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The Lord’s Army Comes to America’s Public Schools - Comments

cloudstone123's Avatar Comment 1 by cloudstone123

I don't mind freedom of religion at all. It just bothers me that they want to pass laws or rules with only Christianity in mind. I really would like to see this turned around on them with how this article suggests near the end and have either secular parents do it as part of a point by having their teens who are more mature minded do mock handouts of non-christian religions at the schools.

Wed, 14 Mar 2012 16:17:00 UTC | #926995

tardisguy's Avatar Comment 2 by tardisguy

I believe Christians have social engineering down to a... science?

Muahahhaha... Yeah couldn't help it.

Wed, 14 Mar 2012 16:33:39 UTC | #927006

Alan4discussion's Avatar Comment 3 by Alan4discussion

See you up the pole!

Wed, 14 Mar 2012 17:05:10 UTC | #927022

some asshole's Avatar Comment 4 by some asshole

Let's start disseminating information in public schools on how kids can join the RDFRS. I'm sure no one will mind, since these people are so even-minded. Right?

Wed, 14 Mar 2012 18:36:00 UTC | #927057

Tryphon Tournesol's Avatar Comment 5 by Tryphon Tournesol

They've already lost it...nice memeplex-engineering: 'tell your friends' ...right, that'll prevale over pop culture promoting somewhat more enlightened values than the Treasured Old Books.

Wed, 14 Mar 2012 18:57:09 UTC | #927064

Starcrash's Avatar Comment 6 by Starcrash

This article has so many biased semantics... I'd even go so far as to say "weasel words". "Tactics" for example, and "mega"church... also "infected", which is not part of the quotes for a reason. And worse, as much as I disagree with the actions taken by these Christian organizations, they're acting within the law.

There's no proposed solution here, and the obvious solutions aren't fair --- we can't ban kids from preaching to each other (as "preaching" is ambiguous and could lead to a slippery slope of losing free speech rights) and we can't ban churches from preaching to the kids outside of school because it's stepping on freedom of religion.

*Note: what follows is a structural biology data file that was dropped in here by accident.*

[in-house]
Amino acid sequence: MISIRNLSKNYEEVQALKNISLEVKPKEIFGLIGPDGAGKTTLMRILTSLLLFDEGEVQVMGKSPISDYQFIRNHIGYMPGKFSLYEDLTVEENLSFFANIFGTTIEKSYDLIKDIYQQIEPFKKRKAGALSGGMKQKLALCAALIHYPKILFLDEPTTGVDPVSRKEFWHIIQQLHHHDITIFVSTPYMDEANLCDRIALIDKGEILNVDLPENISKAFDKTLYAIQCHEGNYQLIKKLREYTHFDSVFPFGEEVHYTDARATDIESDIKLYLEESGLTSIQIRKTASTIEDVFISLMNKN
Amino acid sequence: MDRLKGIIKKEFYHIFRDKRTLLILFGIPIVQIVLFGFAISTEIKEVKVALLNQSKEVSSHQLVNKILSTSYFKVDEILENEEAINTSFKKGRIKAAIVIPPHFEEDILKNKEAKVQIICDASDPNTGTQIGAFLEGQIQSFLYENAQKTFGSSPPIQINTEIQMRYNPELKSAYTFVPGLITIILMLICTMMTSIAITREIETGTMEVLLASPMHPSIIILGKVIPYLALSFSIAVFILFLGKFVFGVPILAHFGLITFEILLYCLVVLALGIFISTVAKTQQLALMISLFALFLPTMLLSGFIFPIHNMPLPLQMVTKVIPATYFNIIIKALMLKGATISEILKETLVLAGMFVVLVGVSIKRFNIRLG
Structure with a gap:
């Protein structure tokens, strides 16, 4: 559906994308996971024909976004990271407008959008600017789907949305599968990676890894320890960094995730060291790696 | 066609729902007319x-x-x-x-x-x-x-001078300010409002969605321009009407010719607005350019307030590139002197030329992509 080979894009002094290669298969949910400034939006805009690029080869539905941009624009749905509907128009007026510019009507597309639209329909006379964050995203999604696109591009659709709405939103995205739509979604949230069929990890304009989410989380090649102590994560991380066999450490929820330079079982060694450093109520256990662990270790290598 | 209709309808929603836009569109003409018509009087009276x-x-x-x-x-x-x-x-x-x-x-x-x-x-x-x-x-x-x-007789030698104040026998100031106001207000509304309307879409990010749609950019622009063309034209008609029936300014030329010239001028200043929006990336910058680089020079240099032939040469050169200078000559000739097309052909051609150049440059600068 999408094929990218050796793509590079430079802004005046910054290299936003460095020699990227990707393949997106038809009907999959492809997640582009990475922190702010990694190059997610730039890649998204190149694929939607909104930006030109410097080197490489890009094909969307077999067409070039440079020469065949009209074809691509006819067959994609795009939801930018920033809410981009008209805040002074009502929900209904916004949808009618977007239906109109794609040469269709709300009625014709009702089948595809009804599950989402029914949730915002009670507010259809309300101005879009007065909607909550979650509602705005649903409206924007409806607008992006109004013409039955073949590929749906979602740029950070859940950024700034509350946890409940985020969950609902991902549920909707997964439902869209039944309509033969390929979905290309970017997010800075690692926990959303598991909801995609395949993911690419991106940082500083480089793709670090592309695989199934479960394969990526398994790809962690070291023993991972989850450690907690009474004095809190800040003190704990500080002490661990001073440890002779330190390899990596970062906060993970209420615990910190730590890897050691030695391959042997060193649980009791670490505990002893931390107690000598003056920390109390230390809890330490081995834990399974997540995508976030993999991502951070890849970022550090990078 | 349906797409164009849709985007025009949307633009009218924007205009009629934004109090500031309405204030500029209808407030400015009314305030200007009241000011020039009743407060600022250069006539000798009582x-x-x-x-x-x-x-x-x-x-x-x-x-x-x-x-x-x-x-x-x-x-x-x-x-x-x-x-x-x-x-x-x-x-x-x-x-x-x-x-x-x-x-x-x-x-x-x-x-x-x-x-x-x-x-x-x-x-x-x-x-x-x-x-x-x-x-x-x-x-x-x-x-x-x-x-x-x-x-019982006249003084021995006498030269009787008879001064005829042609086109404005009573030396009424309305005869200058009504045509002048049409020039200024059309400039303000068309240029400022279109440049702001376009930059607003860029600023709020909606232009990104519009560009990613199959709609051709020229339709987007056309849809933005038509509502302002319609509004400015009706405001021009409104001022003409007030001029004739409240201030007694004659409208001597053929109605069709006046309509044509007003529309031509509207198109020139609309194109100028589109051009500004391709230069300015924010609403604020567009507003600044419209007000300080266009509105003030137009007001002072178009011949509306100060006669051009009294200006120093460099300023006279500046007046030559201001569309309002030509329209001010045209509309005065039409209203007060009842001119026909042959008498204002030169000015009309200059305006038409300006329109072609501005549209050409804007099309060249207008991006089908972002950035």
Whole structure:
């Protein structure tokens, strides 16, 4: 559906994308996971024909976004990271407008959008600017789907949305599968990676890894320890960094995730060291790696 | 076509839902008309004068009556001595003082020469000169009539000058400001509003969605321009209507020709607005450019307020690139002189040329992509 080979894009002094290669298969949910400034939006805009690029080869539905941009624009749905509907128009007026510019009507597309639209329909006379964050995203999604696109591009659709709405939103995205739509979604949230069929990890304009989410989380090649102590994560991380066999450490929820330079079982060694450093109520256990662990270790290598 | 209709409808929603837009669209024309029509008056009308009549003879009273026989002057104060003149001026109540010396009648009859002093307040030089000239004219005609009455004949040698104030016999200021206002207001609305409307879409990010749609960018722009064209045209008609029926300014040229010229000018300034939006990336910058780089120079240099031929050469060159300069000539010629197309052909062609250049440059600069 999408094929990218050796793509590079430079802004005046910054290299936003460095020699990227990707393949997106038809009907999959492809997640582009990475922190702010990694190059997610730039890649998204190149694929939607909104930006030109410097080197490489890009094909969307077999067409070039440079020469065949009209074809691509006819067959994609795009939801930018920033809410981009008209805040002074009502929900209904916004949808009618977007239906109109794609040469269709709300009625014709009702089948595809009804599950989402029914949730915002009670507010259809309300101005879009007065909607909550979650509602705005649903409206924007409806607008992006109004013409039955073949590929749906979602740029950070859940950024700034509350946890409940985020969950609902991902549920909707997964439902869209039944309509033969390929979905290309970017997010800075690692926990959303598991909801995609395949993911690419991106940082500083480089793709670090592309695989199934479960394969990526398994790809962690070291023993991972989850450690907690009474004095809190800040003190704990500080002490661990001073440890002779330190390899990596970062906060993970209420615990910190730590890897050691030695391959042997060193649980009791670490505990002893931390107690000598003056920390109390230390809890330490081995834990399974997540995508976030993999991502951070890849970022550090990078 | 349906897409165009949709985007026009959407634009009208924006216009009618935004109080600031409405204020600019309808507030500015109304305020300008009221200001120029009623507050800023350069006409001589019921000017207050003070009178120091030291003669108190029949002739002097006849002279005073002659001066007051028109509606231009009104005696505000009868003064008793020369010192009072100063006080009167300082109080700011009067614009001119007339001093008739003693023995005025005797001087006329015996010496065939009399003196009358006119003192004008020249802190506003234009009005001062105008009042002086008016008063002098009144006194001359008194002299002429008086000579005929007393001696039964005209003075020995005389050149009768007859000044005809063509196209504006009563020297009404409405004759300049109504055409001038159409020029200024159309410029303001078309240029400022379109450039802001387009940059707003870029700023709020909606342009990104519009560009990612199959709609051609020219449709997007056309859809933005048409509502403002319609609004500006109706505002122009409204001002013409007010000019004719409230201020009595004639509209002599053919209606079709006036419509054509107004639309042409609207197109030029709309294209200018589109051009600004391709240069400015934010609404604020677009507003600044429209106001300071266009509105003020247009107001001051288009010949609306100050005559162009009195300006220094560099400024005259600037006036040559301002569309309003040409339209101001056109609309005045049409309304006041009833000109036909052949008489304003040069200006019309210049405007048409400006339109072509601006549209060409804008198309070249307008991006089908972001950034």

What's the alternative? Perhaps we could get kids to spread the word of Islam or anti-theism by abusing the same loophole (in order to demonstrate to the Christians why it's wrong) but two wrongs don't make a right, and we don't want to indoctrinate children. We could make activities like See You at the Pole adult-free (thus actually driven only by kids), but that's a chance for kids to abuse an activity that is chaperone-free.

I totally agree with raising awareness about this issue, but awareness is only half the fight, and I don't personally see a good solution to the question "so what do we do about it?" Does anyone have an answer?

Wed, 14 Mar 2012 23:59:03 UTC | #927168

Elisabeth Cornwell's Avatar Comment 7 by Elisabeth Cornwell

In response to Starcrash's comment: Katherine does offer some solutions in her book, this is just a brief article to raise awareness of an issue. To find solutions takes bringing people together to plan and to implement. But until a large enough number of people are aware that this is an issue, then solutions cannot be found. It isn't fair to ask one person, who has spent an incredible amount of time exposing the issues to then be the only one who is working on putting together the solution. It will take communities, it will take organizing, and it will take money to stop this sort of invasion of the childhood snatchers.

Thu, 15 Mar 2012 02:58:30 UTC | #927270

Starcrash's Avatar Comment 8 by Starcrash

Comment 7 by Elisabeth Cornwell :

In response to Starcrash's comment: Katherine does offer some solutions in her book, this is just a brief article to raise awareness of an issue.

I'll be looking forward to reading this book, then.

Thu, 15 Mar 2012 05:03:16 UTC | #927346

Sample's Avatar Comment 9 by Sample

This article pushed me over the proverbial ledge and now I've finally signed up as an official member of the Freedom From Religion Foundation.

I'll be forwarding the book title to the Association of Alaska School Boards. Individuals may want to consider contacting their own State's Association by clicking here: National School Boards Association.

Mike

PS. I see the book is available for download on Kindle.

Thu, 15 Mar 2012 12:41:13 UTC | #927447

some asshole's Avatar Comment 10 by some asshole

Comment 6 by Starcrash :

Perhaps we could get kids to spread the word of Islam or anti-theism by abusing the same loophole (in order to demonstrate to the Christians why it's wrong) but two wrongs don't make a right, and we don't want to indoctrinate children.

Two wrongs can sometimes make a right, if indirectly. In the schools where this is going on, I see nothing wrong with doing the same thing they're doing. When they go insane, let it go to court. All along, the point would be made as to what our motivations were: Not indoctrination, not even spreading our own message; just getting their religion out of places it doesn't belong.